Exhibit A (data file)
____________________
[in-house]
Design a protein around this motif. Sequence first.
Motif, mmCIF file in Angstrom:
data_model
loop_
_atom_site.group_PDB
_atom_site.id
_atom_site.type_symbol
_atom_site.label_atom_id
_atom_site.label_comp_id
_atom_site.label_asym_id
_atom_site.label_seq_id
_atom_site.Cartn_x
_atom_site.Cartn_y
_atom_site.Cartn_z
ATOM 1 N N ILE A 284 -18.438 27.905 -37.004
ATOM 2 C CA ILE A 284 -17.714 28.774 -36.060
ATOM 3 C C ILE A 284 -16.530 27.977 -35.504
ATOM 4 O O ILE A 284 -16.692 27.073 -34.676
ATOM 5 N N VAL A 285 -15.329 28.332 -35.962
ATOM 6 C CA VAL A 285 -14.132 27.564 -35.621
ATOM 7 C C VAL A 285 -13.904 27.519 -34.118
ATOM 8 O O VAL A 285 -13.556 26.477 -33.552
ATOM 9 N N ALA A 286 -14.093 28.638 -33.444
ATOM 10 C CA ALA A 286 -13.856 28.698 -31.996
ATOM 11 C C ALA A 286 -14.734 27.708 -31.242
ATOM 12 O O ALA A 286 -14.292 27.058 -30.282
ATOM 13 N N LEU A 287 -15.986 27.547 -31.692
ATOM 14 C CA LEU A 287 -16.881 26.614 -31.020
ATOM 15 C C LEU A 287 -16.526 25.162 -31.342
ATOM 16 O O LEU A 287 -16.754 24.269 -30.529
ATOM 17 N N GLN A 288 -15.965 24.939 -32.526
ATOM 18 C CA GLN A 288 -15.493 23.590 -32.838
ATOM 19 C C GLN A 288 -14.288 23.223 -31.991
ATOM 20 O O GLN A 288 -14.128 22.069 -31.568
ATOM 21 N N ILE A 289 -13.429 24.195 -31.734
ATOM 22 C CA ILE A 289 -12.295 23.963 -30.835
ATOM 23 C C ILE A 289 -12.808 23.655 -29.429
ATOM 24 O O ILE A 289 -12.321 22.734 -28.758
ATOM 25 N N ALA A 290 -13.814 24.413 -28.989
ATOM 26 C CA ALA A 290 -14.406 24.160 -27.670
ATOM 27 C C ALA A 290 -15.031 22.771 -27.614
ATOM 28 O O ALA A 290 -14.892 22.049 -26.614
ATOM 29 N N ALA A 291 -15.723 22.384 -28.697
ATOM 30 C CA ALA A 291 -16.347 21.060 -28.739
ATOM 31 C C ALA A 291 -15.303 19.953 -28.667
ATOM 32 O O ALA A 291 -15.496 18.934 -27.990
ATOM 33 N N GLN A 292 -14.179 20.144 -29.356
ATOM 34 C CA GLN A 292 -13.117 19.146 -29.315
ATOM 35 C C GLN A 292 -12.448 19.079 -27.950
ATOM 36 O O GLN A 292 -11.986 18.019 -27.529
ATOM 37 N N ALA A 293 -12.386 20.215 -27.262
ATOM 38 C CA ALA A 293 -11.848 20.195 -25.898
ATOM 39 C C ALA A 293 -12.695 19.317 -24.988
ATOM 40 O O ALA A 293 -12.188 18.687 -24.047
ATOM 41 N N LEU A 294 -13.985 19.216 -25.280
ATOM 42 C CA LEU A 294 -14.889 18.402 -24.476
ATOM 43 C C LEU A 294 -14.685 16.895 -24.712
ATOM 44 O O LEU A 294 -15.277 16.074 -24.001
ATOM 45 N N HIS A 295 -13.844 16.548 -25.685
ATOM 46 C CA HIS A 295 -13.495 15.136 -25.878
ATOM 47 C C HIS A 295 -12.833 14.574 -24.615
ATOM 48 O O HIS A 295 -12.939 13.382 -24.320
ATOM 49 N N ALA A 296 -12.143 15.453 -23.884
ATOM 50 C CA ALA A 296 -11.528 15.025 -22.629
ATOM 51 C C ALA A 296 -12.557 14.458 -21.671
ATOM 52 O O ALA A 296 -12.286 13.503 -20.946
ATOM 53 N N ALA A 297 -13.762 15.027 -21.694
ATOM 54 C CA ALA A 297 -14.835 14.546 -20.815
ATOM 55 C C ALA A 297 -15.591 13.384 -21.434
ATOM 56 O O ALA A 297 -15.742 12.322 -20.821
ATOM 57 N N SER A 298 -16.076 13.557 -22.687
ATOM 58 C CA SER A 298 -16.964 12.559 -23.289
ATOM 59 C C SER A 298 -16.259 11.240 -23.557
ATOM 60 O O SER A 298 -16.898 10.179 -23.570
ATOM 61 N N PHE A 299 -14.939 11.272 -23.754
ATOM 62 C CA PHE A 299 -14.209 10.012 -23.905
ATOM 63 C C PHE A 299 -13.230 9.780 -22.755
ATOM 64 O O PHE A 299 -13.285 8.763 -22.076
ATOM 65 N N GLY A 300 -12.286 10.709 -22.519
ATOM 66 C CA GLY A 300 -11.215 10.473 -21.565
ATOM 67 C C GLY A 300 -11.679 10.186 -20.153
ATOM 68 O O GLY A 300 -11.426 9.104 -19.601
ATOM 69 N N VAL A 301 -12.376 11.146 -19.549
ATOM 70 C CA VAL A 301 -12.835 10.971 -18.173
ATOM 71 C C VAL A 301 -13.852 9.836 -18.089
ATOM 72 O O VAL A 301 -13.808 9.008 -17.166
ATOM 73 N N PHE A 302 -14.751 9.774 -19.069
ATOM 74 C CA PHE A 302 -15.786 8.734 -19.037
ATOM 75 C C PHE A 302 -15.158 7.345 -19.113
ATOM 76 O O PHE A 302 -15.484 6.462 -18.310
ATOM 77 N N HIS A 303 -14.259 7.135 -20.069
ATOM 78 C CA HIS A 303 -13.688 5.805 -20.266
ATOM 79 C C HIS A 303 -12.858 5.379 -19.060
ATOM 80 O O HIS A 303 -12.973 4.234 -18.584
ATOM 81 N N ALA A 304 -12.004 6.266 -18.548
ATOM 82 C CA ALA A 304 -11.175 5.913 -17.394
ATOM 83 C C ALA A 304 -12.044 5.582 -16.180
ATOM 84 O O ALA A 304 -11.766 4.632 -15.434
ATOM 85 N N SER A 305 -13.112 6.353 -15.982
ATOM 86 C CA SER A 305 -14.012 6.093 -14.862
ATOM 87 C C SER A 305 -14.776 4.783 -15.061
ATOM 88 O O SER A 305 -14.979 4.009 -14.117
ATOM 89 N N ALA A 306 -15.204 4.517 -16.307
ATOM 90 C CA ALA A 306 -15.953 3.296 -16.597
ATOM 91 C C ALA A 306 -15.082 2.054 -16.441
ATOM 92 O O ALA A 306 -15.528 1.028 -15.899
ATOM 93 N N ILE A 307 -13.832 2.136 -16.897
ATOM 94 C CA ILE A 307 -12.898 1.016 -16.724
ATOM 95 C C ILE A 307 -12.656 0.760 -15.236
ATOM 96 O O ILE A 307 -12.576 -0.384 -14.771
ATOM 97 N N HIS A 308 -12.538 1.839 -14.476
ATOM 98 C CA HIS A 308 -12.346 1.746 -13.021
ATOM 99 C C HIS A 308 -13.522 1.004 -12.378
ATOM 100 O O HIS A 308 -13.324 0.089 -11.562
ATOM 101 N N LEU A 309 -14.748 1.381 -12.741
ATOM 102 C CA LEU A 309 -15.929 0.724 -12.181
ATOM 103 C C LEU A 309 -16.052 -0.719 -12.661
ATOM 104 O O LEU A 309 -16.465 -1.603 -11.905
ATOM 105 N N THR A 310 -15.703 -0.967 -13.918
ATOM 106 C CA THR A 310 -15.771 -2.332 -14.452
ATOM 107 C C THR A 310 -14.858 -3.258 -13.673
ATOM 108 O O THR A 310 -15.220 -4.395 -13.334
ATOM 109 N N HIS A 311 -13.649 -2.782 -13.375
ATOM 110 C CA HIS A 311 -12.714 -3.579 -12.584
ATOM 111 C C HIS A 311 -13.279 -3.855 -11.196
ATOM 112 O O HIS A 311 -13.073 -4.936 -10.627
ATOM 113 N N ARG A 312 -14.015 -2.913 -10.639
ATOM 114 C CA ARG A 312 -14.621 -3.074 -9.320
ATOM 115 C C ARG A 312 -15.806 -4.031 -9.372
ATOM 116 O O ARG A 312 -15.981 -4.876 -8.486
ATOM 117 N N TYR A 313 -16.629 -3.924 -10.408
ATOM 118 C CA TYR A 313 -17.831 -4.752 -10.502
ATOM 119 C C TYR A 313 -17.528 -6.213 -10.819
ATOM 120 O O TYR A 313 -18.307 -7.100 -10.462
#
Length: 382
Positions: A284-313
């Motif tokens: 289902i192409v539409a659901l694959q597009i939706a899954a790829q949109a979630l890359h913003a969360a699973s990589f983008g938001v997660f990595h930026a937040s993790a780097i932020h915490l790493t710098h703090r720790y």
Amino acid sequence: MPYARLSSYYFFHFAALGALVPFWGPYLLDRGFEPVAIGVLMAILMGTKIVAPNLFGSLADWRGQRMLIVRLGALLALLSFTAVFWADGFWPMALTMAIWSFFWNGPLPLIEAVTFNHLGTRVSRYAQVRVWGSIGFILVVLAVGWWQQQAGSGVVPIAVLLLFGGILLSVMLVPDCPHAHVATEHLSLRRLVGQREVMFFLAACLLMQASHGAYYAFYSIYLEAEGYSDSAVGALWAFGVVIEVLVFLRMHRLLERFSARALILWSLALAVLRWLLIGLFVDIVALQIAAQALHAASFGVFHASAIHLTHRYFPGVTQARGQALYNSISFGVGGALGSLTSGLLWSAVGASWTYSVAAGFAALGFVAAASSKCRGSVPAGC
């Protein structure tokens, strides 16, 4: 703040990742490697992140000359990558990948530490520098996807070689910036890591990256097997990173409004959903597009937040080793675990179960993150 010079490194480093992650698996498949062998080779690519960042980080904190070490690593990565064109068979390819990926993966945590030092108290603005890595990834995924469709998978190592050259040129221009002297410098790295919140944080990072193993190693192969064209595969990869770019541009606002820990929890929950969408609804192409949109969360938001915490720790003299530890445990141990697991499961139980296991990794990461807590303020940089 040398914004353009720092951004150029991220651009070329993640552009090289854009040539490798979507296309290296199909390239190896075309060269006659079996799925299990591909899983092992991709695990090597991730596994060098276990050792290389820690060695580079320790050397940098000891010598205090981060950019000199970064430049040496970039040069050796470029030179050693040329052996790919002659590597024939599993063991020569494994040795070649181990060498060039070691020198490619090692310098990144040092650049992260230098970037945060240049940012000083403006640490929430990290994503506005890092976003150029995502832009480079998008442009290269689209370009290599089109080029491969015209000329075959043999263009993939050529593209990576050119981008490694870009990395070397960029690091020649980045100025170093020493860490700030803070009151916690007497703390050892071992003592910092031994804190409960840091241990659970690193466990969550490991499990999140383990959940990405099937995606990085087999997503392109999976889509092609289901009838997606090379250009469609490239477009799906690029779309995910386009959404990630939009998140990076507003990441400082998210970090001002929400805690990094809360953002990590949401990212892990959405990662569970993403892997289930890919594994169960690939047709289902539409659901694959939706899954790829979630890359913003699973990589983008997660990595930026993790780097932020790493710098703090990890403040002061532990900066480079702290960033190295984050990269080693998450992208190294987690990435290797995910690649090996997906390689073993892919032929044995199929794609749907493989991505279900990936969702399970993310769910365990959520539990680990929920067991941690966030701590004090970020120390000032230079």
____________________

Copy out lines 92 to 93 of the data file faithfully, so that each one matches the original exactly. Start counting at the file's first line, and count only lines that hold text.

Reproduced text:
ATOM 77 N N HIS A 303 -14.259 7.135 -20.069
ATOM 78 C CA HIS A 303 -13.688 5.805 -20.266